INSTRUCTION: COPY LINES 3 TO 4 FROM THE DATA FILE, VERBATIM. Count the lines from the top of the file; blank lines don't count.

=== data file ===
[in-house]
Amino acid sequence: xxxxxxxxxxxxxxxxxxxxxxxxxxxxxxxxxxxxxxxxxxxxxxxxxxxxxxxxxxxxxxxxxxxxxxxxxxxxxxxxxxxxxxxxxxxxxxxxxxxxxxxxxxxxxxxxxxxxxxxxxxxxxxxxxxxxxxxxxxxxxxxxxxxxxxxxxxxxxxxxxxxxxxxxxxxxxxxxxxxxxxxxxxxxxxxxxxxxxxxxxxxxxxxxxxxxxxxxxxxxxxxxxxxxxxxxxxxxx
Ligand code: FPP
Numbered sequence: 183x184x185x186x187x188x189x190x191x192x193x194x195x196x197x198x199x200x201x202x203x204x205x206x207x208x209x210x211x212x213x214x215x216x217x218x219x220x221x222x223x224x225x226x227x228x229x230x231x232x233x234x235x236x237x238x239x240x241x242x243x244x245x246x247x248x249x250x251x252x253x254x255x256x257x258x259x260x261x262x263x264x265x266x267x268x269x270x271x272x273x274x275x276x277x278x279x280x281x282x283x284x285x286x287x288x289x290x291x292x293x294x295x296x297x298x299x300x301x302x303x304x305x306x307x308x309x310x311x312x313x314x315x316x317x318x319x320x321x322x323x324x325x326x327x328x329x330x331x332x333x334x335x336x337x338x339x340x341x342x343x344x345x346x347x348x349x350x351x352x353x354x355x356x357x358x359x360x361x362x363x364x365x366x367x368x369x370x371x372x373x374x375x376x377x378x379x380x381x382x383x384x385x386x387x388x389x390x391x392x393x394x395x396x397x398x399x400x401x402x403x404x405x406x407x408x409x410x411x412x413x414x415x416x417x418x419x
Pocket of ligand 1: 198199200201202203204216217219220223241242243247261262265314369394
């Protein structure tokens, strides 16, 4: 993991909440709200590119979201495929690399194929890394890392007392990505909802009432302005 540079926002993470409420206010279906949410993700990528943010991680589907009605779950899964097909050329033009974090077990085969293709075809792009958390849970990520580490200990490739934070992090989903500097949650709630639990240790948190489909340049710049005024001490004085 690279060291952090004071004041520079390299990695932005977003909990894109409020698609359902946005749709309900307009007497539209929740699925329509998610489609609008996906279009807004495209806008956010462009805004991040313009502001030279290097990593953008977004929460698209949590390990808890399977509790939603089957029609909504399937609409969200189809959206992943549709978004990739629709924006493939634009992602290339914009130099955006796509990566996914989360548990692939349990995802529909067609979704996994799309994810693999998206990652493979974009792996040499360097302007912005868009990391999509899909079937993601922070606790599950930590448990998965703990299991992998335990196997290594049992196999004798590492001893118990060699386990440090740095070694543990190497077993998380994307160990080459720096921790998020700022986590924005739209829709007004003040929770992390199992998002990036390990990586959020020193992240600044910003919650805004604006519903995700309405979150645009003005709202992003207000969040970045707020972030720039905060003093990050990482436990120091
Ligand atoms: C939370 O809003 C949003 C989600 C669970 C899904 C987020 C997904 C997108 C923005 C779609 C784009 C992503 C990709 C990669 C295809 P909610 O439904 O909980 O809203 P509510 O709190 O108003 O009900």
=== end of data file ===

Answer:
Ligand code: FPP
Numbered sequence: 183x184x185x186x187x188x189x190x191x192x193x194x195x196x197x198x199x200x201x202x203x204x205x206x207x208x209x210x211x212x213x214x215x216x217x218x219x220x221x222x223x224x225x226x227x228x229x230x231x232x233x234x235x236x237x238x239x240x241x242x243x244x245x246x247x248x249x250x251x252x253x254x255x256x257x258x259x260x261x262x263x264x265x266x267x268x269x270x271x272x273x274x275x276x277x278x279x280x281x282x283x284x285x286x287x288x289x290x291x292x293x294x295x296x297x298x299x300x301x302x303x304x305x306x307x308x309x310x311x312x313x314x315x316x317x318x319x320x321x322x323x324x325x326x327x328x329x330x331x332x333x334x335x336x337x338x339x340x341x342x343x344x345x346x347x348x349x350x351x352x353x354x355x356x357x358x359x360x361x362x363x364x365x366x367x368x369x370x371x372x373x374x375x376x377x378x379x380x381x382x383x384x385x386x387x388x389x390x391x392x393x394x395x396x397x398x399x400x401x402x403x404x405x406x407x408x409x410x411x412x413x414x415x416x417x418x419x